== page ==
Carol Pearson
November 29, 2015 1:23 PM
The theme of this year's World AIDS Day is "Getting to Zero." The U.N. says new HIV infections have been reduced by 35 percent since 2000 and AIDS-related deaths are down by 42 percent since the peak in 2004. VOA's Carol Pearson takes a look at what it might take to actually have an AIDS-free generation.

Video With HIV, Can We Get to Zero?

The theme of this year's World AIDS Day is "Getting to Zero." The U.N. says new HIV infections have been reduced by 35 percent since 2000 and AIDS-related deaths are down by 42 percent since the peak in 2004. VOA's Carol Pearson takes a look at what it might take to actually have an AIDS-free generation.

Video Political Motives Seen Behind Cancelled Cambodian Water Festival

For the fourth time in the five years since more than 350 people were killed in a stampede at Cambodia’s annual water festival, authorities canceled the event this year. Officials blamed environmental reasons as the cause, but many see it as fallout from rising political tensions with a fresh wave of ruling party intimidation against the opposition. David Boyle and Kimlong Meng report from Phnom Penh.

Video African Circus Gives At-Risk Youth a 2nd Chance

Ethiopia hosted the first African Circus Arts Festival this past weekend with performers from seven different African countries. Most of the performers are youngsters coming form challenging backgrounds who say the circus gave them a second chance.

Video US Lawmakers Brace for End-of-Year Battles

U.S. lawmakers are returning to Washington for Congress’ final working weeks of the year. And, as VOA's Michael Bowman reports, a full slate of legislative business awaits them, from keeping the federal government open to resolving a battle with the White House over the admittance of Syrian refugees.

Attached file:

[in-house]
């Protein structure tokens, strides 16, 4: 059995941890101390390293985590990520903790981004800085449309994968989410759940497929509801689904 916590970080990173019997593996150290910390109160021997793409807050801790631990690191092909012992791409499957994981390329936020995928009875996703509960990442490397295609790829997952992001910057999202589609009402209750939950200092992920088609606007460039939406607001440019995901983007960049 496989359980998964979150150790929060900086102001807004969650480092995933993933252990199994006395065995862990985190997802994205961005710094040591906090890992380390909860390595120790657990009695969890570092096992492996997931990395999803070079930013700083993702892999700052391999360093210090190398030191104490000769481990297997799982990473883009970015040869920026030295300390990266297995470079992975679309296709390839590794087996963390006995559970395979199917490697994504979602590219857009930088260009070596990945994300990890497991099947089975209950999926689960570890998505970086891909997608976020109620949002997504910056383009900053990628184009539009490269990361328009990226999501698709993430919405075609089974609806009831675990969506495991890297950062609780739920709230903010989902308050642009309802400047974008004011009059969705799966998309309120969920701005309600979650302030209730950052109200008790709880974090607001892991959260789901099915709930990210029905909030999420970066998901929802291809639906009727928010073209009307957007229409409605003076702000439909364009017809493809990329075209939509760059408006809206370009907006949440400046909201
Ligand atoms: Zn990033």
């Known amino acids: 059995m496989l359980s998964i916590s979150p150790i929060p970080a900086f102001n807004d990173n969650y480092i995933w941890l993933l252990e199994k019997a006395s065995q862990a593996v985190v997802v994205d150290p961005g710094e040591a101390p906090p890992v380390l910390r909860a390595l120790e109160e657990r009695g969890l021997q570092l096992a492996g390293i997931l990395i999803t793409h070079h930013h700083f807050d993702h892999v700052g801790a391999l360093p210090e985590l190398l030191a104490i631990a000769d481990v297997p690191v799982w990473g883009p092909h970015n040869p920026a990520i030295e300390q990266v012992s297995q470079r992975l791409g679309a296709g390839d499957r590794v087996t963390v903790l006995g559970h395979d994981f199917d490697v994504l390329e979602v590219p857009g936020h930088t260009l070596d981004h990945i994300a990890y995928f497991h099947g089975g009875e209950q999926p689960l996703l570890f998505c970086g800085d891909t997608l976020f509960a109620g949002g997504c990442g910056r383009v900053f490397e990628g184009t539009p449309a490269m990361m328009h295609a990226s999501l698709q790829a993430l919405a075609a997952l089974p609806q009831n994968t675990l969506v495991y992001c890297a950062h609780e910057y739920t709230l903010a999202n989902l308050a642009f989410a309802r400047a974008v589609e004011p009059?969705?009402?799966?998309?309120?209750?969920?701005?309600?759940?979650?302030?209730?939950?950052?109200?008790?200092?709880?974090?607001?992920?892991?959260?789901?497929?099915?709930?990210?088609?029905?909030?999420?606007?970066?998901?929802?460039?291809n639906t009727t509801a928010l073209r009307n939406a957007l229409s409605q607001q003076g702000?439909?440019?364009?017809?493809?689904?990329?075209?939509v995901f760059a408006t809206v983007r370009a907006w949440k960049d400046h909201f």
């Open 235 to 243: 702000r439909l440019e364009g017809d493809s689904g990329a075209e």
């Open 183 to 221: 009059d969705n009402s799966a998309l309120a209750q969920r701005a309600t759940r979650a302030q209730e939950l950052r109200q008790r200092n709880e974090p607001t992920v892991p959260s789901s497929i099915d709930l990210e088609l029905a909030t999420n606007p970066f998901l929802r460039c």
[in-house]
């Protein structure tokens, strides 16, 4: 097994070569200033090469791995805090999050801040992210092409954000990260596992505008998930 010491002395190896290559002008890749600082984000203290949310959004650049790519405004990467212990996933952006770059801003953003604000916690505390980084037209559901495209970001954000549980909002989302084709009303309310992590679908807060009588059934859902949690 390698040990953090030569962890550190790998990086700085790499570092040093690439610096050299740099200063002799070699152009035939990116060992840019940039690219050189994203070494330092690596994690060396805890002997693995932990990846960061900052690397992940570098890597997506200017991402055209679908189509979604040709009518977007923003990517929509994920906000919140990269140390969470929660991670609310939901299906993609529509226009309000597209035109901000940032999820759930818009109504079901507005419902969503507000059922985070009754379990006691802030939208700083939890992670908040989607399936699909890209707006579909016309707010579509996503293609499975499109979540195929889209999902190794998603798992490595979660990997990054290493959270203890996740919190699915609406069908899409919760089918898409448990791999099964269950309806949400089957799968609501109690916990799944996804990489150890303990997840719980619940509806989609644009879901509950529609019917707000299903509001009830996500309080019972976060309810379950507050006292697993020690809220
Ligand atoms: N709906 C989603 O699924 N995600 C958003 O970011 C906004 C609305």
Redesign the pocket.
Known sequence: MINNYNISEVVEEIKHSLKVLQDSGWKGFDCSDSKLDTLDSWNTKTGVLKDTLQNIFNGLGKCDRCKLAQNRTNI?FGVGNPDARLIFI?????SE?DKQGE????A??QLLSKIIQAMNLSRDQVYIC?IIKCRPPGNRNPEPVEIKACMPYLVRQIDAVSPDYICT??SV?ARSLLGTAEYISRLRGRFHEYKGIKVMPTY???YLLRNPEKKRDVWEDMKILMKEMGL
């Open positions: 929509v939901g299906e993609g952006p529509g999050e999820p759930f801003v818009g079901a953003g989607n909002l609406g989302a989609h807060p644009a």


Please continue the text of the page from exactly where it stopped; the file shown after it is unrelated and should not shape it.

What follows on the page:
Video Taiwan Looks for Role in South China Sea Dispute

The Taiwanese government is one of several that claims territory in the hotly contested South China Sea, but Taipei has long been sidelined in the dispute, overshadowed by China. Now, as the Philippines challenges Beijing’s claims in an international court at The Hague, Taipei is looking to publicly assert its claims. VOA’s Bill Ide has more from Beijing.

Video After Terrorist Attacks, Support for Refugees Fades

The terrorists who killed and injured almost 500 people around Paris this month are mostly French or Belgian nationals. But at least two apparently took advantage of Europe’s migrant crisis to sneak into the region. The discovery has hardened views about legitimate refugees, including those fleeing the same extremist violence that hit the French capital. Lisa Bryant has this report for VOA from the Paris suburb of Cergy-Pontoise